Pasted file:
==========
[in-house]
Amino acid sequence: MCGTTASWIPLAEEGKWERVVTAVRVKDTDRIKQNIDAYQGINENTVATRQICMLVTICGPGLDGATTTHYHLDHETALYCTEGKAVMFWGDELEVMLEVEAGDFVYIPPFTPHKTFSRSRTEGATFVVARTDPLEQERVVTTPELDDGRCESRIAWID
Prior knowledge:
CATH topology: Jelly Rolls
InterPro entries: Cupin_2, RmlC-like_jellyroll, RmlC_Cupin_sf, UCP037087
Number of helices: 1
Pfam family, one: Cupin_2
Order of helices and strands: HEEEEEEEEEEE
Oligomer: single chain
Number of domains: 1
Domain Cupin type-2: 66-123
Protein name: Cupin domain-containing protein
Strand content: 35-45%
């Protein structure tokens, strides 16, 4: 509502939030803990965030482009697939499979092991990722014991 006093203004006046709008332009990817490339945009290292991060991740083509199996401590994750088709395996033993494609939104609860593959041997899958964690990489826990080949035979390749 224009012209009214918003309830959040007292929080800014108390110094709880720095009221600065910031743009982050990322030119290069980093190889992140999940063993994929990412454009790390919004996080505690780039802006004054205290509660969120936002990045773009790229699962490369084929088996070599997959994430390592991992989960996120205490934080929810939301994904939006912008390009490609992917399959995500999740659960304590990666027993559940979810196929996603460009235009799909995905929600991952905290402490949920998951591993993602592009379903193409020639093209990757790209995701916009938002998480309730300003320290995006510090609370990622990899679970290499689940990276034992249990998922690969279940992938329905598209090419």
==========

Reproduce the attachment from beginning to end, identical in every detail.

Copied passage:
[in-house]
Amino acid sequence: MCGTTASWIPLAEEGKWERVVTAVRVKDTDRIKQNIDAYQGINENTVATRQICMLVTICGPGLDGATTTHYHLDHETALYCTEGKAVMFWGDELEVMLEVEAGDFVYIPPFTPHKTFSRSRTEGATFVVARTDPLEQERVVTTPELDDGRCESRIAWID
Prior knowledge:
CATH topology: Jelly Rolls
InterPro entries: Cupin_2, RmlC-like_jellyroll, RmlC_Cupin_sf, UCP037087
Number of helices: 1
Pfam family, one: Cupin_2
Order of helices and strands: HEEEEEEEEEEE
Oligomer: single chain
Number of domains: 1
Domain Cupin type-2: 66-123
Protein name: Cupin domain-containing protein
Strand content: 35-45%
């Protein structure tokens, strides 16, 4: 509502939030803990965030482009697939499979092991990722014991 006093203004006046709008332009990817490339945009290292991060991740083509199996401590994750088709395996033993494609939104609860593959041997899958964690990489826990080949035979390749 224009012209009214918003309830959040007292929080800014108390110094709880720095009221600065910031743009982050990322030119290069980093190889992140999940063993994929990412454009790390919004996080505690780039802006004054205290509660969120936002990045773009790229699962490369084929088996070599997959994430390592991992989960996120205490934080929810939301994904939006912008390009490609992917399959995500999740659960304590990666027993559940979810196929996603460009235009799909995905929600991952905290402490949920998951591993993602592009379903193409020639093209990757790209995701916009938002998480309730300003320290995006510090609370990622990899679970290499689940990276034992249990998922690969279940992938329905598209090419």